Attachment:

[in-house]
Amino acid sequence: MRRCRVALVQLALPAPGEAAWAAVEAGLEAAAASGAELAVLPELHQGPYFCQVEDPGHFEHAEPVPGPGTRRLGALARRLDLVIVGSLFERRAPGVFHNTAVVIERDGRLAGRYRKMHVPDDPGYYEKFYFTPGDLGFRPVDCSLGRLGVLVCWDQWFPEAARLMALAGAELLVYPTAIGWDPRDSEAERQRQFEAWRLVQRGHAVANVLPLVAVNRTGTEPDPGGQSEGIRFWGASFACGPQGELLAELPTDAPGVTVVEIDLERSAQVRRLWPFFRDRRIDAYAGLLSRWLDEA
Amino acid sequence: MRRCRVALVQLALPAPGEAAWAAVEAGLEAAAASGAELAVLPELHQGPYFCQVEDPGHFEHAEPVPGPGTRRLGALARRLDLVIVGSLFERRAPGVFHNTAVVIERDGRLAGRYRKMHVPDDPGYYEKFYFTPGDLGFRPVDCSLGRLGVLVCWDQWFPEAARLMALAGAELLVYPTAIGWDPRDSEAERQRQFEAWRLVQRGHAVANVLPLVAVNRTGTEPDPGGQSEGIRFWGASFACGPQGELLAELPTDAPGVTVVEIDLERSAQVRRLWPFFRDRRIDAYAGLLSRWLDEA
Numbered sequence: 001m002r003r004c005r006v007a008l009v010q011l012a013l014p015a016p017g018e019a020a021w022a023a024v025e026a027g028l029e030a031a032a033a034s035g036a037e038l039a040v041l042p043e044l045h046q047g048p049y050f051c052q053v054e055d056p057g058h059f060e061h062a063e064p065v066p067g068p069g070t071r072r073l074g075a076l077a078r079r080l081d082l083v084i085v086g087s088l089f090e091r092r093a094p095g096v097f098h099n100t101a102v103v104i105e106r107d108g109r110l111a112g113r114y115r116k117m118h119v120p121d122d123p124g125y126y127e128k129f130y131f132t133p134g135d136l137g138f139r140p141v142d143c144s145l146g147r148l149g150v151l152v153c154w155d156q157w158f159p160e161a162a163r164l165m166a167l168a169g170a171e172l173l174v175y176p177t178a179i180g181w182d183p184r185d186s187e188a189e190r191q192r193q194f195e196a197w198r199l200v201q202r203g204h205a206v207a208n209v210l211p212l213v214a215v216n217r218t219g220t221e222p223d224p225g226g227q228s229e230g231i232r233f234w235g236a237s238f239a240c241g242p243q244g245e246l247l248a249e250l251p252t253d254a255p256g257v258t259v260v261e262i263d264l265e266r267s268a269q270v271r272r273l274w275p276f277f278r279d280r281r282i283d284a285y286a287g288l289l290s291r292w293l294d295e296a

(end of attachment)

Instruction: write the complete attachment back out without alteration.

[in-house]
Amino acid sequence: MRRCRVALVQLALPAPGEAAWAAVEAGLEAAAASGAELAVLPELHQGPYFCQVEDPGHFEHAEPVPGPGTRRLGALARRLDLVIVGSLFERRAPGVFHNTAVVIERDGRLAGRYRKMHVPDDPGYYEKFYFTPGDLGFRPVDCSLGRLGVLVCWDQWFPEAARLMALAGAELLVYPTAIGWDPRDSEAERQRQFEAWRLVQRGHAVANVLPLVAVNRTGTEPDPGGQSEGIRFWGASFACGPQGELLAELPTDAPGVTVVEIDLERSAQVRRLWPFFRDRRIDAYAGLLSRWLDEA
Amino acid sequence: MRRCRVALVQLALPAPGEAAWAAVEAGLEAAAASGAELAVLPELHQGPYFCQVEDPGHFEHAEPVPGPGTRRLGALARRLDLVIVGSLFERRAPGVFHNTAVVIERDGRLAGRYRKMHVPDDPGYYEKFYFTPGDLGFRPVDCSLGRLGVLVCWDQWFPEAARLMALAGAELLVYPTAIGWDPRDSEAERQRQFEAWRLVQRGHAVANVLPLVAVNRTGTEPDPGGQSEGIRFWGASFACGPQGELLAELPTDAPGVTVVEIDLERSAQVRRLWPFFRDRRIDAYAGLLSRWLDEA
Numbered sequence: 001m002r003r004c005r006v007a008l009v010q011l012a013l014p015a016p017g018e019a020a021w022a023a024v025e026a027g028l029e030a031a032a033a034s035g036a037e038l039a040v041l042p043e044l045h046q047g048p049y050f051c052q053v054e055d056p057g058h059f060e061h062a063e064p065v066p067g068p069g070t071r072r073l074g075a076l077a078r079r080l081d082l083v084i085v086g087s088l089f090e091r092r093a094p095g096v097f098h099n100t101a102v103v104i105e106r107d108g109r110l111a112g113r114y115r116k117m118h119v120p121d122d123p124g125y126y127e128k129f130y131f132t133p134g135d136l137g138f139r140p141v142d143c144s145l146g147r148l149g150v151l152v153c154w155d156q157w158f159p160e161a162a163r164l165m166a167l168a169g170a171e172l173l174v175y176p177t178a179i180g181w182d183p184r185d186s187e188a189e190r191q192r193q194f195e196a197w198r199l200v201q202r203g204h205a206v207a208n209v210l211p212l213v214a215v216n217r218t219g220t221e222p223d224p225g226g227q228s229e230g231i232r233f234w235g236a237s238f239a240c241g242p243q244g245e246l247l248a249e250l251p252t253d254a255p256g257v258t259v260v261e262i263d264l265e266r267s268a269q270v271r272r273l274w275p276f277f278r279d280r281r282i283d284a285y286a287g288l289l290s291r292w293l294d295e296a